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RecensionsBook Reviews

Place, Space and the New Labour Internationalismsedited by Peter Waterman and Jane Wills, Oxford: Blackwell, 2001, 300 pp., ISBN 0-631-22983-3.

  • Stuart Hodkinson

…plus d’informations

  • Stuart Hodkinson
    University of Leeds

Corps de l’article

In the last decade, academic and political obsession with the “globalization of business” has served to obscure an important and related development—the revival of the theory and practice of labour internationalism. A flurry of recent literature even suggests that the collapse of Communism in 1989 and the simultaneous acceleration of neo-liberal globalization have helped create a new era of labour internationalism characterized by genuine solidarity and effective cooperation in both old and new forms.

This edited collection by Waterman and Wills is a timely and insightful contribution to the debate. Its main aims are to critically investigate the “new labour internationalisms,” highlight new and controversial issues for global solidarity building and make “constructive proposals for the future.” Featuring thirteen original chapters from mainly within and around the tradition(s) of Marxism, the book not only bridges the theoretical/empirical and academic/ activist divides, but also the “North/South” divide as well, assembling contributors from across Asia, Europe and the Americas.

In part one, entitled “New Developments in Trade Union Internationalism,” many authors openly question whether the traditional and still dominant form of labour internationalism—international trade unionism—is suited to what Waterman calls a “globalize/networked/informative capitalism.” Both Waterman and Kjeld Jakobsen (International officer of the Brazilian CUT) make similar if slightly simplistic critiques of the “official” head body of the international trade union movement, the International Confederation of Free Trade Unions (ICFTU). They accuse it of having resisted necessary reforms in relation to developing country representation and women, leaving the organization embedded in a bureaucratic, Northern-dominated, top-down, unrepresentative and debate-stifling structure.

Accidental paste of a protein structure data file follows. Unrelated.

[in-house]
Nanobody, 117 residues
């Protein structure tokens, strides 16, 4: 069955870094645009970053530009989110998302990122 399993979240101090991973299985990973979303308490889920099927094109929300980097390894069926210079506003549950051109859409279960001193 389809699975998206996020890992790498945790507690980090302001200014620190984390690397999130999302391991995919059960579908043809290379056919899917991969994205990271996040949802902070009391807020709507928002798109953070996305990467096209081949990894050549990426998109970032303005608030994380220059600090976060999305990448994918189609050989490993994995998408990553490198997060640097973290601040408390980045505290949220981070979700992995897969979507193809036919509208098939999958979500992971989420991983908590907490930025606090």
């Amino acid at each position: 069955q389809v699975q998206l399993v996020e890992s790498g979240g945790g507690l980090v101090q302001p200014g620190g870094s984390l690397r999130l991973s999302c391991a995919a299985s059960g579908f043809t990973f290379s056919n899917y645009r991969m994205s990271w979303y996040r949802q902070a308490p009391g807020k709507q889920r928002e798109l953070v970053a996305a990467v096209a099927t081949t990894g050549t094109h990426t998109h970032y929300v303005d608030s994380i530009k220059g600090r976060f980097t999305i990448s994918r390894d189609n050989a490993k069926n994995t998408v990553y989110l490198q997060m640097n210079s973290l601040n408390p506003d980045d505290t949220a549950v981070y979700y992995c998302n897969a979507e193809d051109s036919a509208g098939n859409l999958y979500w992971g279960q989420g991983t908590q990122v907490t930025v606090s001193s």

Reinforcing this critique are positive examples of “new” modes of internationalism. Rob Lambert and Eddie Webster’s somewhat uncritical insider account of the Southern Initiative on Globalization and Trade Union Rights (SIGTUR)—a new network of democratic trade unions in Asia, Australia, New Zealand, Africa and Latin America—reveals its championing of innovative positions such as alliance-building, forging new regional and global identities, the representation of all workers, and the exploitation of cyberspace technologies. Andrew Herod meanwhile highlights two different but equally effective U.S. trade union campaigns resisting corporate globalization at Ravenswood Aluminium Corporation and General Motors. On a more sobering note, Franco Barchiesi outlines the many difficulties that have confronted the South African Municipal Workers’ attempts to mobilize international solidarity and make lasting and effective alliances with social movements in response to the privatization and restructuring of water services.

The second half of the book examines “New Issues for Labour Internationalism.” Several chapters cover trade union and NGO strategies towards MNCs and the international trade regime. In an often contradictory analysis using evidence from Indian domestic politics, Rohini Hensman examines the controversial ICFTU campaign to link workers’ rights to trade agreements under the World Trade Organization (WTO). She accuses trade union and NGO opponents of linkage of economic nationalism before supporting their concerns over allowing the WTO to enforce workers rights’ given its entire agenda serves to destroy them. Lance Compa’s optimistic analysis of the North American Free Trade Agreement’s (NAFTA) labour side-accord (NAALC) is also somewhat questionable. Although recognizing NAALC’s weak and limited scope, Compa sees it as a “viable new arena for creative transnational action” because its oversight mechanism encourages trade unions and NGOs to work together across borders to highlight abuses by governments and corporations and publicly shame them into redress. The evidence he finds to support this is, however, very thin.